French President Emmanuel Macron speaks as he visits Station F startup campus in Paris, France October 9, 2018. Ludovic Marin/Pool via Reuters
October 10, 2018
By Richard Lough and Michel Rose
PARIS (Reuters) – French President Emmanuel Macron postponed a planned government reshuffle on Wednesday, prompting new questions about the depth of political experience in his party and his own ability to keep his administration on track after several resignations.
The president and his prime minister have been weighing the reshuffle for a week following the departure of three ministers since late August, resignations that have challenged Macron’s authority and stalled his reform ambitions.
The 40-year-old faces multiple challenges in carrying out a significant revamp. Not only must he try to maintain the left-right balance that he made a hallmark of his centrist movement, but he must find strong candidates from among a relatively shallow and inexperienced pool of loyalists.
“The president wishes to take all the time necessary to draw up a team in a calm and professional way,” the Elysee Palace said.
Ministers had expected the rejig before a cabinet meeting on Wednesday morning. But in the event, the Elysee said it would not happen until after Macron returns from a visit to Armenia late on Friday.
Finance Minister Bruno Le Maire canceled traveling to Bali for an International Monetary Fund gathering to attend the cabinet session.
Macron’s popularity has sunk in recent months, falling to below 30 percent, as voters express frustration with a leader they often regard as arrogant and supportive of policies that benefit the wealthy. Impatience has also grown with the sluggish pace of economic growth and job creation.
Opponents branded the reshuffle a “tragic-comedy” that exposed a shortage of political experience in the ruling party.
Prime Minister Edouard Philippe told baying opposition lawmakers there was “no anxiety, no restlessness” inside an administration committed to social and economic reform. Tough policy reform to pensions and unemployment benefits loom.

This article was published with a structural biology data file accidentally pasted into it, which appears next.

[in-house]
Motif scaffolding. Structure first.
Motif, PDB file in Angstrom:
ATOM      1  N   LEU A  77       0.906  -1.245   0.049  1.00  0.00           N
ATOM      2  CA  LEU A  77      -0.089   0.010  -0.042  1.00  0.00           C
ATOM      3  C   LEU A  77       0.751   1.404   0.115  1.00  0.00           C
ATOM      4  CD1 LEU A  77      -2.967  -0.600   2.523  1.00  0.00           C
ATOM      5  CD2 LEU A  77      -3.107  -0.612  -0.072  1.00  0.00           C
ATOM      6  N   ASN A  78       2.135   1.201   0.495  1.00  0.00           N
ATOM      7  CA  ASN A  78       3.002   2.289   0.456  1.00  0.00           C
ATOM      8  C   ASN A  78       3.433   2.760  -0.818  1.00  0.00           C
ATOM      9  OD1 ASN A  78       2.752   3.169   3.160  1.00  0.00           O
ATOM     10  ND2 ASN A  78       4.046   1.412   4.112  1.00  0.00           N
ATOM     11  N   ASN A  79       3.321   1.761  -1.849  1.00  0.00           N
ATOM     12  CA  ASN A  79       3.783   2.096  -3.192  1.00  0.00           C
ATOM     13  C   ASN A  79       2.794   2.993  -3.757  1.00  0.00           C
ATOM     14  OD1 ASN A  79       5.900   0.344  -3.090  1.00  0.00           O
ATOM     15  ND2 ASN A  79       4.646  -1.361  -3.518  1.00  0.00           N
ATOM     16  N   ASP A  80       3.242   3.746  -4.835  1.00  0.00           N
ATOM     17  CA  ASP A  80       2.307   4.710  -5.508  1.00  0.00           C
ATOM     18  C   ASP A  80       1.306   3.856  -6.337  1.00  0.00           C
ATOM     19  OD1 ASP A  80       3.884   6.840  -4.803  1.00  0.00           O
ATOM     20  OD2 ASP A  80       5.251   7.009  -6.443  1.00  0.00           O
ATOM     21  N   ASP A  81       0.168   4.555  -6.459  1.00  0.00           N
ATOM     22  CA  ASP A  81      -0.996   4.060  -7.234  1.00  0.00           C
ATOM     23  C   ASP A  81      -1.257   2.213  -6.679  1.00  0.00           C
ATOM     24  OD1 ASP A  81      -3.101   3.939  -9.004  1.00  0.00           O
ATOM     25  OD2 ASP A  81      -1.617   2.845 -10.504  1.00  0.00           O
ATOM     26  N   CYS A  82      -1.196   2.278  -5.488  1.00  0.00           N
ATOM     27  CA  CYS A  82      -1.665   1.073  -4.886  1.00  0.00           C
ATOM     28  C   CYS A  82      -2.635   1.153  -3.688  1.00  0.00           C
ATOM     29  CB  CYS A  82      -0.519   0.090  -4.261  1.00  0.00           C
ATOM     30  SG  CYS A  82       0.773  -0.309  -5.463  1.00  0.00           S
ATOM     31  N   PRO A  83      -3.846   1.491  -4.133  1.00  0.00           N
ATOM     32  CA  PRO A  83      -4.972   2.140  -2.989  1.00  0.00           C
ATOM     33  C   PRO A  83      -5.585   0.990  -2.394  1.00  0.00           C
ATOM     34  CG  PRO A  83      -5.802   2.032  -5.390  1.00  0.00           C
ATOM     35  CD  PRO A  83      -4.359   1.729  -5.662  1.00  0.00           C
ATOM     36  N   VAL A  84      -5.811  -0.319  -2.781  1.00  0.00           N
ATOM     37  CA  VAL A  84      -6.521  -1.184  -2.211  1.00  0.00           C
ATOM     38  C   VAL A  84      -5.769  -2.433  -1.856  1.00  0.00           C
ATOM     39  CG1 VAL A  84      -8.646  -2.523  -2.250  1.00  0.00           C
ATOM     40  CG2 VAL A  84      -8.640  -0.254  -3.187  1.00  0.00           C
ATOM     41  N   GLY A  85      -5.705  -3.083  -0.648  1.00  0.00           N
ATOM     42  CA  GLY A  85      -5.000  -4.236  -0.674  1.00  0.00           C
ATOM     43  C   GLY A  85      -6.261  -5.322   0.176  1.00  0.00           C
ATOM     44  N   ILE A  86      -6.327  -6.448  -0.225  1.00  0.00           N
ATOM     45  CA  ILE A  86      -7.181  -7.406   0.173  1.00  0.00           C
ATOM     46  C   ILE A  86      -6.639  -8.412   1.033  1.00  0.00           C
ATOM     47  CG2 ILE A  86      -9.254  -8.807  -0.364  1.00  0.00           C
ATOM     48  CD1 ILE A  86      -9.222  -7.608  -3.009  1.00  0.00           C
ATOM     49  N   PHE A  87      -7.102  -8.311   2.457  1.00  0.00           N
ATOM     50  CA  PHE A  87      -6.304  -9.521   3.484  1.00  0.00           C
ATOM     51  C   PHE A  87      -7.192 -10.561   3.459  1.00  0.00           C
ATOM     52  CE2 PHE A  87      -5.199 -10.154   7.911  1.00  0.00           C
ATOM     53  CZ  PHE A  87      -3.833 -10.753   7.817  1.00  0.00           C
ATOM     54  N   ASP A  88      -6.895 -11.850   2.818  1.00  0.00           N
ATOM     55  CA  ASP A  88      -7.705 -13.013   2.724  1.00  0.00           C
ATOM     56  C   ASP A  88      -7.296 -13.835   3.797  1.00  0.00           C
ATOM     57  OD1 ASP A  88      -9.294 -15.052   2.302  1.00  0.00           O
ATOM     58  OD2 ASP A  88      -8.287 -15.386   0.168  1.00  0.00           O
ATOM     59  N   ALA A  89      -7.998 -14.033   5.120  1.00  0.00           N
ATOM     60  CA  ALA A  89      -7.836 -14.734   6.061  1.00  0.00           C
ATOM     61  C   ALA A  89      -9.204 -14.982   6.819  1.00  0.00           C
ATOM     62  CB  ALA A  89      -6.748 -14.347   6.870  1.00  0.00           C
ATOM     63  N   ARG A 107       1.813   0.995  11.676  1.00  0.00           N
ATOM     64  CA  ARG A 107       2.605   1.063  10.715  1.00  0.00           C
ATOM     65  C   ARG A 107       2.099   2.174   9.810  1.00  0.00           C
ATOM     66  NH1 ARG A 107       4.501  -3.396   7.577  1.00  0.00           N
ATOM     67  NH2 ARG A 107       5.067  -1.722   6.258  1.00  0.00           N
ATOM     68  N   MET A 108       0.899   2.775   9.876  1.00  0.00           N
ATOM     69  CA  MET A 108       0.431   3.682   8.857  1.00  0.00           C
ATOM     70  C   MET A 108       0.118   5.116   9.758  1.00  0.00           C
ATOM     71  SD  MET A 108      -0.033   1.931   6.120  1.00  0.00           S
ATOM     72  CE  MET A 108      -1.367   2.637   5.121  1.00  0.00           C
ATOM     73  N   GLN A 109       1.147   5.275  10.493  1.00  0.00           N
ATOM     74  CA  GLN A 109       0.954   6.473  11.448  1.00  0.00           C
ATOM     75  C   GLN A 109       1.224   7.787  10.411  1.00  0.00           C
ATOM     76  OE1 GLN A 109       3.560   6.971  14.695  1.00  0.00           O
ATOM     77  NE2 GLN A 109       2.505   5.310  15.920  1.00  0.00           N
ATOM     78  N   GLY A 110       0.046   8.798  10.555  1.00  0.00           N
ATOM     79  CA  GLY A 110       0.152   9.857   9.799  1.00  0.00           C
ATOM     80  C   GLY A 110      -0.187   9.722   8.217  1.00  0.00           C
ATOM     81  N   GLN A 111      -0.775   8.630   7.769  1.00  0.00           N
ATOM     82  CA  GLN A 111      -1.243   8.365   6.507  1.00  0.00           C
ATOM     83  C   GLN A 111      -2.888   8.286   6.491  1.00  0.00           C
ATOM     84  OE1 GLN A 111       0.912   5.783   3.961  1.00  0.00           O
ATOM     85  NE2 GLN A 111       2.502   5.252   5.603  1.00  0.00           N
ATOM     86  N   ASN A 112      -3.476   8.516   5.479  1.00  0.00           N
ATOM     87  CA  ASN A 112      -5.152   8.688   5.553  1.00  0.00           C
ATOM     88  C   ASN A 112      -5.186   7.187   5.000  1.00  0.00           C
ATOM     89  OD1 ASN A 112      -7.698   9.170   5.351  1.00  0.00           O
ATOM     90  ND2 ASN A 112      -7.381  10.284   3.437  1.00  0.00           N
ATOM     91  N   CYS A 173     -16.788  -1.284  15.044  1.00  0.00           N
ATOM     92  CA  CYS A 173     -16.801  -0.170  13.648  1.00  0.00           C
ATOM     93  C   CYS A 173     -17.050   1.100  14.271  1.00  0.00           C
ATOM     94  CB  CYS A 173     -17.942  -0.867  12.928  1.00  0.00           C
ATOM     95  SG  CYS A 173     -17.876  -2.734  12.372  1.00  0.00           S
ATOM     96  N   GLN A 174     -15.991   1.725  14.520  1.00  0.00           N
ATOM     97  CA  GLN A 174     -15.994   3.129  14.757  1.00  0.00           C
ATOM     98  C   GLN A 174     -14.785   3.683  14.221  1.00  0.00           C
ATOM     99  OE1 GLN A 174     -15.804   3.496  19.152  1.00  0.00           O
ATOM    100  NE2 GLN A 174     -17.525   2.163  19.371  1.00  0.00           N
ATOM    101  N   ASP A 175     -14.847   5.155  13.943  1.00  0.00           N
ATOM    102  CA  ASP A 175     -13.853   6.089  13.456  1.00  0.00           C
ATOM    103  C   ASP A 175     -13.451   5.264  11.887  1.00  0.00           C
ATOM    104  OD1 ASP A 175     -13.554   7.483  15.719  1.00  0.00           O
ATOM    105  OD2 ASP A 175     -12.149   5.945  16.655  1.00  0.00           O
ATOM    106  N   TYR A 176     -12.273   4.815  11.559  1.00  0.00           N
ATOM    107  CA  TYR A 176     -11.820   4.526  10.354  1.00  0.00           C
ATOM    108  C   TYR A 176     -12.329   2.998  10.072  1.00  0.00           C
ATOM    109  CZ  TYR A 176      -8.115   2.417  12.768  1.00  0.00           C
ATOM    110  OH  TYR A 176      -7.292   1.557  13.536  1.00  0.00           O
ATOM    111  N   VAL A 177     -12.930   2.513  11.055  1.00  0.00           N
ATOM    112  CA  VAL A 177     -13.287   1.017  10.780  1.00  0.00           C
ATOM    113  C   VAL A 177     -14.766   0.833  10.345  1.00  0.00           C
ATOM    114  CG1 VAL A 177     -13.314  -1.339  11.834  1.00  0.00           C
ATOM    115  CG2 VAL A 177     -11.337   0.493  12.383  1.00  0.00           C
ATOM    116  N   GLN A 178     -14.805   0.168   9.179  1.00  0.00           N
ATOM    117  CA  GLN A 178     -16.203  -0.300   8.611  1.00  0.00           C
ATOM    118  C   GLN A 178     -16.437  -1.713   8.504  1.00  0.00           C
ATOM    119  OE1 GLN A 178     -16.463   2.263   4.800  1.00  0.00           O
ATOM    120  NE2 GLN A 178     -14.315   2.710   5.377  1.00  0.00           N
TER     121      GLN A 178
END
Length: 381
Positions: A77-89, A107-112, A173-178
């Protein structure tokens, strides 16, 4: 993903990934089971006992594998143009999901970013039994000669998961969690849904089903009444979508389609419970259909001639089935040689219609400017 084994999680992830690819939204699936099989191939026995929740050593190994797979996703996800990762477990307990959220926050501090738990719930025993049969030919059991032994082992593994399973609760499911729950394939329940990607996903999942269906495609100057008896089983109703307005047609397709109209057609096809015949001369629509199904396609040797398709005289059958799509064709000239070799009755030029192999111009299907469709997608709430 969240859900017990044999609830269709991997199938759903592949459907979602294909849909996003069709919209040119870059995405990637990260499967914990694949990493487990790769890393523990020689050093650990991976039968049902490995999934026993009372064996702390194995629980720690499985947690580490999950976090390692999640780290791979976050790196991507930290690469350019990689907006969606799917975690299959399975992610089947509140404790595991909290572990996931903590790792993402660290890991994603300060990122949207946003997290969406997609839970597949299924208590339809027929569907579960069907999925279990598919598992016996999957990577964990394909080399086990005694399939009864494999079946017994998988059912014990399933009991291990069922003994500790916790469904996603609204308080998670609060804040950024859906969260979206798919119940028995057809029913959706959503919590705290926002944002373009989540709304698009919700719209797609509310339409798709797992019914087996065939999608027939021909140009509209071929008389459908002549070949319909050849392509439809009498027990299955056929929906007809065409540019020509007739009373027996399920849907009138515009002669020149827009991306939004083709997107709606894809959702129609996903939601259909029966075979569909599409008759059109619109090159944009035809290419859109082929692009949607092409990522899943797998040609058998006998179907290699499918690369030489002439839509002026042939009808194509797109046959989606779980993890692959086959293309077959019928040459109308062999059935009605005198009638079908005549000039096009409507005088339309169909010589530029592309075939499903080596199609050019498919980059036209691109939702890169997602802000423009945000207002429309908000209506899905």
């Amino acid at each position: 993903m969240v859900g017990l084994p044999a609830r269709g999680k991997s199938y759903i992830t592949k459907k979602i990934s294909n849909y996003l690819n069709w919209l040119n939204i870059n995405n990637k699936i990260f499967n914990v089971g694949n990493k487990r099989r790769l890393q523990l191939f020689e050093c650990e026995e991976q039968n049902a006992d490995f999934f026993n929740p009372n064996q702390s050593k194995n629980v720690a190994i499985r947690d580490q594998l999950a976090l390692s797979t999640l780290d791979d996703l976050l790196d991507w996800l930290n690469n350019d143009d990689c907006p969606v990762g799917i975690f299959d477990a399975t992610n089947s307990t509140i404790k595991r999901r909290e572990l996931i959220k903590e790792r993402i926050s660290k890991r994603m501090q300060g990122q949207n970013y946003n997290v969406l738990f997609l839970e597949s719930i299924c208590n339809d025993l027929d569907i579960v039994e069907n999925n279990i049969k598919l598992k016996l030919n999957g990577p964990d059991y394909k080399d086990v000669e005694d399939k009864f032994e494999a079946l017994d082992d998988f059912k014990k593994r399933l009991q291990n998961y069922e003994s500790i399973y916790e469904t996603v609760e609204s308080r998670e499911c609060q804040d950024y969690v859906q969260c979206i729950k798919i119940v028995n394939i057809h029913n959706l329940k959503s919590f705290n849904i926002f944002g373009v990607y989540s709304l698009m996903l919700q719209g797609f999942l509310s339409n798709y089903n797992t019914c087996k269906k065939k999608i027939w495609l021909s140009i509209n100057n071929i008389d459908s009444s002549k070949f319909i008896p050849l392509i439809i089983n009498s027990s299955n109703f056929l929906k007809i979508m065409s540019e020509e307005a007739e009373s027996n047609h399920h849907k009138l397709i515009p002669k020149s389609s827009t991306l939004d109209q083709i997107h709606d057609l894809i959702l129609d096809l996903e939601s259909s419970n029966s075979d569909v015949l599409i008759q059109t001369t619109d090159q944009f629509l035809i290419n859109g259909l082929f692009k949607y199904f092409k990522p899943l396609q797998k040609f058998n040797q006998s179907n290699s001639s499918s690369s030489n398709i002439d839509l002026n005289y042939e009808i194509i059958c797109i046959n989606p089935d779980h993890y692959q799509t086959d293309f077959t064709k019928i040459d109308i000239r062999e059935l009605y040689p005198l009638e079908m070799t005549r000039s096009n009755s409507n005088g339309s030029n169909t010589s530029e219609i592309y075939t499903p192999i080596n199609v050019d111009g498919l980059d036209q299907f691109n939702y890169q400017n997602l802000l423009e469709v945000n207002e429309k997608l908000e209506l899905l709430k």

A senior Elysee official dismissed reports of a rift between Macron and Philippe.
It was because Macron had reshaped the political landscape and brought in faces from outside politics that the process took longer, the official said.
“We’re no longer in an age where because someone has 15 years of service under their belt they deserve to become a minister,” the official said.
Macron’s rivals were not convinced.
“Macron’s ability to attract is pretty weak,” hard left lawmaker Alexis Corbiere told BFM TV. “Many are asking themselves: ‘what should we do in this mess?’ They don’t want to be finished politically by becoming a minister in a government that risks descending into crisis in less than a year.”
In winning power in May 2017, Macron and his En Marche movement demolished France’s traditional mainstream parties. He went on to poach skilled, senior politicians from both poles and draft in newcomers to build a government “neither of the right nor left”.
But as the luster has worn off his 17-month-old presidency, and the impact of early reforms to the labor code and tax rules have yet to filter through, rivals have sought to depict an increasingly isolated leader with diminished pulling power.
Le Figaro quoted Socialist senator Rachid Temal as saying: “The fact the president has been bogged down by this for a week underlines his weakness on the reserves bench.”
But his Republique En Marche party holds a commanding majority in the lower house National Assembly. His presidential term does not expire until 2022.
Even so, European elections in 2019 and nationwide municipal polls in 2020 could turn into a semi-referendum on his mid-term performance, further setting back his reform agenda.
Particularly damaging to Macron have been Collomb’s criticisms that he lacks “humility” – a view which opinion polls show is shared by voters.
“The issue here is not the government but the president, a president who is seen by French people as someone who doesn’t listen to them, and even belittles them,” said Jean-Daniel Levy of pollster Harris Interactive.
“They want fairer policies from the president.”
(Reporting by Richard Lough, Marine Pennetier, Michel Rose and Ingrid Melander; Writing by Richard Lough; Editing by Luke Baker, Richard Balmforth)